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The Art of Letting Go: How Living With Less Can Change Your Life

There are so many how-tos on the Internet dedicated to enhancing mental well-being — from going on social media detox to squeezing in early morning workouts to writing down five things you’re grateful for. However, there’s a more effective way to achieve mental clarity, and it requires only two things — a box and a broomstick.

The process of decluttering can work wonders for your mental health. Numerous studies show the connection between a minimalist lifestyle and mental well-being. Find out below:

Clutter as Stressors

When you eliminate clutter in your home, you are removing stressors in your life.

Research shows that a messy environment can cause psychological distress. The sight of unkempt closets and messy office desks can lead to feelings of stress. When you’re stressed, you develop a string of bad habits such as excessive eating, oversleeping, and binge-watching, which are detrimental to your health. But what is the science behind this?

Well, when you’re surrounded by clutter, your adrenal glands produce stress hormones called cortisol. These hormones are transported to your bloodstream and activate your flight-or-fight response, revving up your heart rate and increasing your blood pressure. Increased cortisol levels can negatively impact your body as it slows down metabolism, disrupts the sleep cycle, triggers anxiety, and causes depression. So, constant exposure to a chaotic environment can take a toll on both your physical well-being and mental health.

Aside from that, disorganized spaces also disrupt your cognitive function. Too much visual stimuli in the environment can tire out the brain. When it cannot take in excessive amounts of stimuli, the brain struggles to maintain focus and concentration. These little distractions in your surroundings can overwhelm the visual cortex, making it more difficult for you to process information.

Minimalism as a Self-Discovery

Believe it or not, a minimalist lifestyle is a discovery of the most important things in life. According to Joshua Millburn and Ryan Nicodemus, who are full-blown minimalists, when you eliminate nonessential, you can make room for your true sources of happiness.

Often, the difficulty of living a minimalist lifestyle is caused by your close association with material possessions. In this day and age, it’s challenging to resist temptation, especially with the sight of sales and discounts everywhere.

However, studies show that this fondness for material possessions can decrease your overall well-being. Researchers found out that people’s primary motivation to buy things is to project an identity and regulate negative emotions.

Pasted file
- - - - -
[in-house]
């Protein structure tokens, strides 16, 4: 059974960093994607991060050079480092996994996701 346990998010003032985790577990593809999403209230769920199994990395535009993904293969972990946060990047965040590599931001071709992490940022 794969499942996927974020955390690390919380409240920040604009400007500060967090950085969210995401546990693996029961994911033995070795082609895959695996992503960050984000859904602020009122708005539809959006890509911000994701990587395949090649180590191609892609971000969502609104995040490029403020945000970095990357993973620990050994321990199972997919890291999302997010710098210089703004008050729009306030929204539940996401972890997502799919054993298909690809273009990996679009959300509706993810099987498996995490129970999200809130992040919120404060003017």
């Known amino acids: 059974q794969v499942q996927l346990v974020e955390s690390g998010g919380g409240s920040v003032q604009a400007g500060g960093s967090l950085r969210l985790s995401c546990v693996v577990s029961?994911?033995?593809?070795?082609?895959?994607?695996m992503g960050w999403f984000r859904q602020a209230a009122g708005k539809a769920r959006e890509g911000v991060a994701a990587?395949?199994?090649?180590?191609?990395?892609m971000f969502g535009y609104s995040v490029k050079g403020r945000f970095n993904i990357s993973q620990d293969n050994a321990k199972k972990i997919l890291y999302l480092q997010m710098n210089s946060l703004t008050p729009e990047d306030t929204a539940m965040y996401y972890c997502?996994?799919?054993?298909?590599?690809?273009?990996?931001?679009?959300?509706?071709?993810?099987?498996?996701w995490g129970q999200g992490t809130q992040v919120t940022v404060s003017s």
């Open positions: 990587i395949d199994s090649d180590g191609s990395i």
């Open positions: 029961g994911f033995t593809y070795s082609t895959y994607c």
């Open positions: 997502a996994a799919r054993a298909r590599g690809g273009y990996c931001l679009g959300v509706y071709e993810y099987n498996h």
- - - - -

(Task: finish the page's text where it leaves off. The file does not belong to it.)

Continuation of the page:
minimalist interior

When you do things to stay up-to-date or to feel good about yourself, you won’t be able to cultivate a healthy mind. You’ll be overwhelmed with unnecessary pressure and high levels of insecurity.

However, when you live a minimalist lifestyle, you free yourself from the belief that material things can give you happiness or a sense of identity. In some way, you are liberated from the shackles of consumerism.

When you live with less, you realize that material possessions are not the source of your happiness and fulfillment. You learn how these things are just occupying unnecessary space but don’t add value to your life.

If you get rid of what you don’t need in your home, you’ll be surrounded by things that truly serve a purpose to you. You’ll be able to know what makes you happy and what only adds stress in your life. If anything, that little show of self-awareness can be life-changing for you.

The Art of Letting Go

How do you start the process of letting go? Get rid of the items that are only collecting dust in your house. They can be those vintage knick-knacks on your dresser, the pile of clothes shoved at the back of your closet, and the collection of vinyl hidden under your bed. If they rarely see the light of day, you probably don’t need them.

Toss out items that you don’t regularly use and keep only the things that are useful to you. For instance, you need a custom railing, swinging door, or safety device. You can still install them in your home. Living a minimalist life is placing a premium on functionality above all else.

Also, when you’re trying to live with less, introduce multi-purpose items to your home. They can be a pressure and rice cooker rolled into one, a collapsible bucket that can be used as a watering can, a toaster slash oven, Swiss army knife with different specialized tools. Not only will these items help you save space, but they will also save you a couple of bucks.

Meanwhile, when redesigning your home, go for space-saving furniture. There are practical storage sofas, under-sink storage racks, and shoe storage benches that will not eat up a great chunk of your place. Don’t forget that the golden rule in building a minimalist home is to minimize your items and maximize the space.

Indeed, eliminating clutter in your house is such a cathartic experience. So, if you want to achieve mental well-being in the simplest way possible, then it’s time to pick up that broomstick and start packing.

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